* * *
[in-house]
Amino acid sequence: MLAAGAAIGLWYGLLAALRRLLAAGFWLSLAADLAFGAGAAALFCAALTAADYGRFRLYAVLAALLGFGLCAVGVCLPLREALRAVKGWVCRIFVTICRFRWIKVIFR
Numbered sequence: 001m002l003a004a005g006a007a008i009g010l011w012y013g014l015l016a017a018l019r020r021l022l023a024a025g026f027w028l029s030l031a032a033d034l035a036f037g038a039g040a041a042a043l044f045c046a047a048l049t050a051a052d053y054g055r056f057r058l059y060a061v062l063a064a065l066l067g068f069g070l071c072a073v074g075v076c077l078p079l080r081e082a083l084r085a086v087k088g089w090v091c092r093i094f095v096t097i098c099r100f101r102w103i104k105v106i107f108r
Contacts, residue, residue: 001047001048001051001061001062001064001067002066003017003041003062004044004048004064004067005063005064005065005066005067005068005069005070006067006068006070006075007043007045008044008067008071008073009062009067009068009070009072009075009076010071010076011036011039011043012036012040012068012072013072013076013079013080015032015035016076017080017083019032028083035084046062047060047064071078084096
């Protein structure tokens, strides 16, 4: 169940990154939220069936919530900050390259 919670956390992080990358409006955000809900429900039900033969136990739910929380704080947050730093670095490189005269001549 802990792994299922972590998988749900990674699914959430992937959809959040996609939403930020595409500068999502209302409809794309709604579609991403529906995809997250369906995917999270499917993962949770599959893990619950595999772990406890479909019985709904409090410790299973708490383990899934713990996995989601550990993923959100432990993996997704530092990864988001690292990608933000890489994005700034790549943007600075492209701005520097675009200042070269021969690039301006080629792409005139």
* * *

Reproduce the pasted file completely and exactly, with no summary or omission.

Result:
[in-house]
Amino acid sequence: MLAAGAAIGLWYGLLAALRRLLAAGFWLSLAADLAFGAGAAALFCAALTAADYGRFRLYAVLAALLGFGLCAVGVCLPLREALRAVKGWVCRIFVTICRFRWIKVIFR
Numbered sequence: 001m002l003a004a005g006a007a008i009g010l011w012y013g014l015l016a017a018l019r020r021l022l023a024a025g026f027w028l029s030l031a032a033d034l035a036f037g038a039g040a041a042a043l044f045c046a047a048l049t050a051a052d053y054g055r056f057r058l059y060a061v062l063a064a065l066l067g068f069g070l071c072a073v074g075v076c077l078p079l080r081e082a083l084r085a086v087k088g089w090v091c092r093i094f095v096t097i098c099r100f101r102w103i104k105v106i107f108r
Contacts, residue, residue: 001047001048001051001061001062001064001067002066003017003041003062004044004048004064004067005063005064005065005066005067005068005069005070006067006068006070006075007043007045008044008067008071008073009062009067009068009070009072009075009076010071010076011036011039011043012036012040012068012072013072013076013079013080015032015035016076017080017083019032028083035084046062047060047064071078084096
């Protein structure tokens, strides 16, 4: 169940990154939220069936919530900050390259 919670956390992080990358409006955000809900429900039900033969136990739910929380704080947050730093670095490189005269001549 802990792994299922972590998988749900990674699914959430992937959809959040996609939403930020595409500068999502209302409809794309709604579609991403529906995809997250369906995917999270499917993962949770599959893990619950595999772990406890479909019985709904409090410790299973708490383990899934713990996995989601550990993923959100432990993996997704530092990864988001690292990608933000890489994005700034790549943007600075492209701005520097675009200042070269021969690039301006080629792409005139």